Legal and regulatory interventions to prevent non-communicable diseases can promote “small changes across entire populations for a mass impact”, observes the Lancet report, noting that “law has the power to facilitate profound changes in behaviour.”


Speaking on the use of law for improving the access to medicines, Mariângela Simão, assistant director-general of Access to Medicines and Health Products at WHO, said, affordability is partly patent-related, but also emphasized on the importance of a legal framework to govern transparent procurement and pricing negotiations.

Simão said, “access to medicines is an excellent proxy for the right to health.” The situation in China also shows that in a globalised world no country is alone, she said referring to the current outbreak. The access to safe, quality drugs is important, including access to active pharmaceutical ingredients, she added.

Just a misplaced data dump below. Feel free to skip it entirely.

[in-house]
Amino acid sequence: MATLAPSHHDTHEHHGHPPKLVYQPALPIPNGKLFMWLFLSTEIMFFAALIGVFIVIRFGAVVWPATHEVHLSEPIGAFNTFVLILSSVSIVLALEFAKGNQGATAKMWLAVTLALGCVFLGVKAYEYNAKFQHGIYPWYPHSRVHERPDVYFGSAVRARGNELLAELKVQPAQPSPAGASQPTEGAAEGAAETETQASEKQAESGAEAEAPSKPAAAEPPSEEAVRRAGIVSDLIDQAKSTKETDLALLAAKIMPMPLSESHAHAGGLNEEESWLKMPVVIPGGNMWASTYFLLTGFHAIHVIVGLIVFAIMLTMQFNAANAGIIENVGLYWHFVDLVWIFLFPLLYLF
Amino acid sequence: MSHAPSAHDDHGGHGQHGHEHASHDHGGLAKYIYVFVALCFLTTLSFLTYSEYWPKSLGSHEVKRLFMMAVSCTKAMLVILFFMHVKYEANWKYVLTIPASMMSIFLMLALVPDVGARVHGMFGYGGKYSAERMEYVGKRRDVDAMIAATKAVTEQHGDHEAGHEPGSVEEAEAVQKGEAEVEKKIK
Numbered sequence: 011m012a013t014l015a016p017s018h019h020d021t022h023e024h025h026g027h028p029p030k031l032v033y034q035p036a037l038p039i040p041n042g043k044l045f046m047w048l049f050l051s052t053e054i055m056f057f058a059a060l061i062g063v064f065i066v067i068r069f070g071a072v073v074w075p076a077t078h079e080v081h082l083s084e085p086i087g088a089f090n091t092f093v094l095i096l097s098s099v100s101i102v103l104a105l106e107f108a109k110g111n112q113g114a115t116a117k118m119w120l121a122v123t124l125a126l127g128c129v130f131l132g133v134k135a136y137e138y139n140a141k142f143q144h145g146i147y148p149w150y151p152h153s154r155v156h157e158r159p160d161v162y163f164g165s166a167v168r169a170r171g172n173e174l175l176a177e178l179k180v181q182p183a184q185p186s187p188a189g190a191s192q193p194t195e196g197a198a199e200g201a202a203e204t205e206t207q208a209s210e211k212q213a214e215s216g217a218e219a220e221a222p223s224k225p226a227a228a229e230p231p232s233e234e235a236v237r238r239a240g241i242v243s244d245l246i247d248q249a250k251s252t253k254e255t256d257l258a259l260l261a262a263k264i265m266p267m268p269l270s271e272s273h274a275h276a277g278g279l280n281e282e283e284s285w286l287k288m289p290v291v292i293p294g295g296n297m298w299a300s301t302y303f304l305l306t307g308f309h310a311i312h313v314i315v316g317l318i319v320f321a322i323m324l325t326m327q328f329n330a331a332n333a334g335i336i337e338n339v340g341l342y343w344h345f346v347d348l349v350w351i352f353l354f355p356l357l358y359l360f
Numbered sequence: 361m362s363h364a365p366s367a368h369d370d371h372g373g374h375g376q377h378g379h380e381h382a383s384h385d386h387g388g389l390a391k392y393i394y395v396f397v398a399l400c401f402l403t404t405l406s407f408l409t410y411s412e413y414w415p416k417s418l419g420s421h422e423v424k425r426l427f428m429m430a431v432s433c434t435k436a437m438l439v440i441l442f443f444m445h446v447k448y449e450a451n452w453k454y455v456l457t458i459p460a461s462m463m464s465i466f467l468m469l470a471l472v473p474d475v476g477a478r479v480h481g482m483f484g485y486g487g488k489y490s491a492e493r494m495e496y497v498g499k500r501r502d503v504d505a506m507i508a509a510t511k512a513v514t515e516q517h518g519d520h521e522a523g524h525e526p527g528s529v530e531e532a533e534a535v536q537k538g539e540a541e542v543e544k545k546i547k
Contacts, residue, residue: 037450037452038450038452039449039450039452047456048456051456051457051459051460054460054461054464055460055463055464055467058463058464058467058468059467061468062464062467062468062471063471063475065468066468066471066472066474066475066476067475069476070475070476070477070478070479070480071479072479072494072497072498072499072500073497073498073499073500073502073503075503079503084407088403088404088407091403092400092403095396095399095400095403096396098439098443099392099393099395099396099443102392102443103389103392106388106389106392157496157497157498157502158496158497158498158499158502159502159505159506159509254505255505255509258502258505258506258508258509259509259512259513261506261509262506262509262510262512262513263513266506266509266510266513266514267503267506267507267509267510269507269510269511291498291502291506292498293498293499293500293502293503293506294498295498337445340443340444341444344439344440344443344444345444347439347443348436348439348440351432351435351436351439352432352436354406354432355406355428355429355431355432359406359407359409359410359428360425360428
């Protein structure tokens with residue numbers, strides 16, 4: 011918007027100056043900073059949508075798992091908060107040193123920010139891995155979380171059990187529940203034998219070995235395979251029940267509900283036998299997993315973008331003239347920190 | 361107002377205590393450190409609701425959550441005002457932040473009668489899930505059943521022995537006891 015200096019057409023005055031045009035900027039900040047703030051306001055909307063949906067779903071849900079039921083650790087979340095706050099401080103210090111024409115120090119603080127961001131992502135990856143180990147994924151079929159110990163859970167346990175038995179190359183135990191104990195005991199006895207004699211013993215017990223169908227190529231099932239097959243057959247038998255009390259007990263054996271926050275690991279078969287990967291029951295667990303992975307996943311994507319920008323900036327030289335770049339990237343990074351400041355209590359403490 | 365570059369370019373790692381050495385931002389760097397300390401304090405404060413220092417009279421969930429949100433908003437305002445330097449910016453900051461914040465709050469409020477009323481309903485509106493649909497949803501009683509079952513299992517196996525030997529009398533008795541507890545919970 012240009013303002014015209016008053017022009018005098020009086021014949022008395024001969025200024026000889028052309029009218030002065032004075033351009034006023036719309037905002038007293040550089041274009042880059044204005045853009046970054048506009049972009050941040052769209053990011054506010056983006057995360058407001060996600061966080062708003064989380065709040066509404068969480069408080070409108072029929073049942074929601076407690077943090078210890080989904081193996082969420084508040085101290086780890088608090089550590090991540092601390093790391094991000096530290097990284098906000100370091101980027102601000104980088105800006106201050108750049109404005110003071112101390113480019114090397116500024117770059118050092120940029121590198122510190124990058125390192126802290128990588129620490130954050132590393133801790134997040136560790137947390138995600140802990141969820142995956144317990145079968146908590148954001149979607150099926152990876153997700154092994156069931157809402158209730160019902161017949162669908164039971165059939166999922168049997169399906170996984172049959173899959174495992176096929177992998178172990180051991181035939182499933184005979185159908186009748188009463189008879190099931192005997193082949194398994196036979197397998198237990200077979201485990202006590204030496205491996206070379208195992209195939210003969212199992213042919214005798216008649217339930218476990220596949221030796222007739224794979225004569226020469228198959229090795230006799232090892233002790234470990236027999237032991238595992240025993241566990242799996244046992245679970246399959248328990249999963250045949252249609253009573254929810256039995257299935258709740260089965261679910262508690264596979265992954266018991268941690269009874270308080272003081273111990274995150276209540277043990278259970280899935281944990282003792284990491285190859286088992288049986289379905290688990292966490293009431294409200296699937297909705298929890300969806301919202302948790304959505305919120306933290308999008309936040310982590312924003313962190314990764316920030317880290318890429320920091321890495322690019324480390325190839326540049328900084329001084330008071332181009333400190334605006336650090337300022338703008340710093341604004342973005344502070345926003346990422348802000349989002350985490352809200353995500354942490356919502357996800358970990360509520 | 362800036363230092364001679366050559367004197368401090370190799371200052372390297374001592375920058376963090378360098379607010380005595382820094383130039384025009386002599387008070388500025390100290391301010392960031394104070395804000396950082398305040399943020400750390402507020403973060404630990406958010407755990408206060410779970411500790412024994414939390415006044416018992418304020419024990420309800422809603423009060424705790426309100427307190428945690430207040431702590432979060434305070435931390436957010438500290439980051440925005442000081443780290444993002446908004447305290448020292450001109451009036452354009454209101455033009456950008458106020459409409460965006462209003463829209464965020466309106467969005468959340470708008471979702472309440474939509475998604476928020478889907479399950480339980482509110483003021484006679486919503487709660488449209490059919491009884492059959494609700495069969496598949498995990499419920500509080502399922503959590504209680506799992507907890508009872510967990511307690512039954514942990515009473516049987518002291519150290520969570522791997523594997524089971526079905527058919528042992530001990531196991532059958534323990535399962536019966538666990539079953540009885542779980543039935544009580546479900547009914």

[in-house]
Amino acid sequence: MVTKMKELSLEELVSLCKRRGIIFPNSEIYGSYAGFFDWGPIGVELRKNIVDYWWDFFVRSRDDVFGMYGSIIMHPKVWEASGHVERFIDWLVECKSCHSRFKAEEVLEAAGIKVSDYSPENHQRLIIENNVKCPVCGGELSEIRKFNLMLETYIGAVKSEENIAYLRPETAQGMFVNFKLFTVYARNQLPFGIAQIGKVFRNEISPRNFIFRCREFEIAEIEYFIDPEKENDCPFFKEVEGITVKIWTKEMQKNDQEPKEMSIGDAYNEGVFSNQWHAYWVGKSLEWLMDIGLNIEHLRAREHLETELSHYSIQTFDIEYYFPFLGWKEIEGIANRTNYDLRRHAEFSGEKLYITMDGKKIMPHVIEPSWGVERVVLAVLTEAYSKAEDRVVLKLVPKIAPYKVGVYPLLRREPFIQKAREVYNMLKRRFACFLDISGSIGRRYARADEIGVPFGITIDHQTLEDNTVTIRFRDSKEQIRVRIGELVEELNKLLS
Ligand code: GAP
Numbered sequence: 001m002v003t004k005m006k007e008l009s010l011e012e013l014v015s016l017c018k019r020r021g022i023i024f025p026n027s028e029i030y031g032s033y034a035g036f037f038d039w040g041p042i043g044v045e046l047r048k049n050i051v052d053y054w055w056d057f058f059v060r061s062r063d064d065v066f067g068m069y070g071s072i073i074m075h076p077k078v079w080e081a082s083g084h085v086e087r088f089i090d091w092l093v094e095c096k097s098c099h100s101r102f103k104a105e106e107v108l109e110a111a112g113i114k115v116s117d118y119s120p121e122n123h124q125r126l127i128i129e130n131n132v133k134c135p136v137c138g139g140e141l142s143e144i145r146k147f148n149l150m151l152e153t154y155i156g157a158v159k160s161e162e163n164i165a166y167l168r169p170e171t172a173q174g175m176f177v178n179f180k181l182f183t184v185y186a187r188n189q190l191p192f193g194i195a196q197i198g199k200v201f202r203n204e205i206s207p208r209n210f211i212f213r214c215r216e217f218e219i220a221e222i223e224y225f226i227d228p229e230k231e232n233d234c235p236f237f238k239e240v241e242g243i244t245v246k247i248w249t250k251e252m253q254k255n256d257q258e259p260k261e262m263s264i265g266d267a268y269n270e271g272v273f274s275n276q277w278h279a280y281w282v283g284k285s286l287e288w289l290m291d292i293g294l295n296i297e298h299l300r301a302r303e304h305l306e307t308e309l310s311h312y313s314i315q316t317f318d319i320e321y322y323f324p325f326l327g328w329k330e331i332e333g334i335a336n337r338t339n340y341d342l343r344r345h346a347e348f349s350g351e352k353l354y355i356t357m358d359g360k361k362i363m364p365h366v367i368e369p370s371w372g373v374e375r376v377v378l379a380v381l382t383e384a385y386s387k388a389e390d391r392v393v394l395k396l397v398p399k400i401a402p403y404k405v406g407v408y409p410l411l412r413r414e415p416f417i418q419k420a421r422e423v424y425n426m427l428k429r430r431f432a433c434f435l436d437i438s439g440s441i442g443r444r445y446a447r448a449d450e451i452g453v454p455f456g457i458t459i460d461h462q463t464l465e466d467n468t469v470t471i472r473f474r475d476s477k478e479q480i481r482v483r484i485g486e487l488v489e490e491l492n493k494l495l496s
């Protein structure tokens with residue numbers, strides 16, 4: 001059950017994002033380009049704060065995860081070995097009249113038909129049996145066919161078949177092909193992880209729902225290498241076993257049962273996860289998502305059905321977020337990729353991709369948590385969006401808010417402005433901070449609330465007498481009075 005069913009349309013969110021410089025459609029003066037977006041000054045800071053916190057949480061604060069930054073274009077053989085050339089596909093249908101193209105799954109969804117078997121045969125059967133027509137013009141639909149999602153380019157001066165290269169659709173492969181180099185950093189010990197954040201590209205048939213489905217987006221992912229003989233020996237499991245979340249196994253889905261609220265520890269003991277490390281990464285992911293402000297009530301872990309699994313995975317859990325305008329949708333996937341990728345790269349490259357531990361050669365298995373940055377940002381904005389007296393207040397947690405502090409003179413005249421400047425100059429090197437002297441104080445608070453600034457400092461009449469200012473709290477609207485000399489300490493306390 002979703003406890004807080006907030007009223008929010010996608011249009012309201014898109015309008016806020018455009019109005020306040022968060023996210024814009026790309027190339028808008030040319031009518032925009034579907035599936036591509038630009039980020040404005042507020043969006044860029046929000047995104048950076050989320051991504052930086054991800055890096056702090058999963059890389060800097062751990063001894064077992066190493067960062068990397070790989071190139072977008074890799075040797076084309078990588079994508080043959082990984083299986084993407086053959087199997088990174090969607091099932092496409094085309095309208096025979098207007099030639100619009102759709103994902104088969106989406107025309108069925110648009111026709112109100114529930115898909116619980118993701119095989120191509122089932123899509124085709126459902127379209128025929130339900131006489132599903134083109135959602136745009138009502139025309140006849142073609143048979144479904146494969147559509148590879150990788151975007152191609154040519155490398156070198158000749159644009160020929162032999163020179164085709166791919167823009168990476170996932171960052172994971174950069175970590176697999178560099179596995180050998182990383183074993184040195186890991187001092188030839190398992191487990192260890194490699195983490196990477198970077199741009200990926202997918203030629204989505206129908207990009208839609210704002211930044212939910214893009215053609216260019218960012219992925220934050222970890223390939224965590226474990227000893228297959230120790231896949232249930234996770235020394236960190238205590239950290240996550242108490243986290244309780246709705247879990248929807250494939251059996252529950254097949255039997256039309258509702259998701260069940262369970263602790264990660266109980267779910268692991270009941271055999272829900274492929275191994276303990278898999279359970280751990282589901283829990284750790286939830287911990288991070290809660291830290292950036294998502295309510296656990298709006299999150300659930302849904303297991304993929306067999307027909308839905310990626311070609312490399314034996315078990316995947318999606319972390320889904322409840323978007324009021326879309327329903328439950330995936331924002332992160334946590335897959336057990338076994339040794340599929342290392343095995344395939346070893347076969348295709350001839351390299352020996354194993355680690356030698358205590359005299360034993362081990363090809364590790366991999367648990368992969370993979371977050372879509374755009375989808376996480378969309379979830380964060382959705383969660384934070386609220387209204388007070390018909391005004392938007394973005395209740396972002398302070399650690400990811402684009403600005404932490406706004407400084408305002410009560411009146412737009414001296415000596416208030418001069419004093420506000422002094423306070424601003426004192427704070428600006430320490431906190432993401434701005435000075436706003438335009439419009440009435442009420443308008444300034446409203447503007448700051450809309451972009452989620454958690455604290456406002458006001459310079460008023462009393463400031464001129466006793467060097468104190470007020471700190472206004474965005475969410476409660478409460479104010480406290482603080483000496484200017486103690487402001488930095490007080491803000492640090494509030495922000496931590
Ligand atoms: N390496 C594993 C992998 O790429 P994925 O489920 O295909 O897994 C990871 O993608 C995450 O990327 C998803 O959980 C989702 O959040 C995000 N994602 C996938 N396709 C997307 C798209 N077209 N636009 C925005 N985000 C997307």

To improve access to medicines and technologies, the Lancet report suggests “regulatory frameworks need to be reformed, or made more flexible to support development, deployment of effective therapeutic countermeasures. Legal obstacles to the effective deployment of counter-measures should be addressed and resolved in advance of future pandemics.”

Improving Legal Capacities

Overall, the Lancet report calls for building disciplinary bridges in order to build legal capacities by getting legal and medical professionals together. It also noted the contribution of effective health diplomacy in complex negotiations that resulted in the FCTC, the IHR or the PIP Framework.

But experts at the event, also noted that in reality, member states are not often keen on doing the hard legal work implicit in promulgating new laws, partly due to uneven their legal capacity. “We cannot cut and paste legal solutions from one country to another,” a senior WHO official present at the event cautioned.

The IHR, and its application, is to be the focus of another public lunchtime session this Wednesday, at the Geneva Graduate Institute – The global governance of outbreaks: from Ebola to the novel Coronavirus.


Priti Patnaik is an independent Geneva-based journalist and researcher.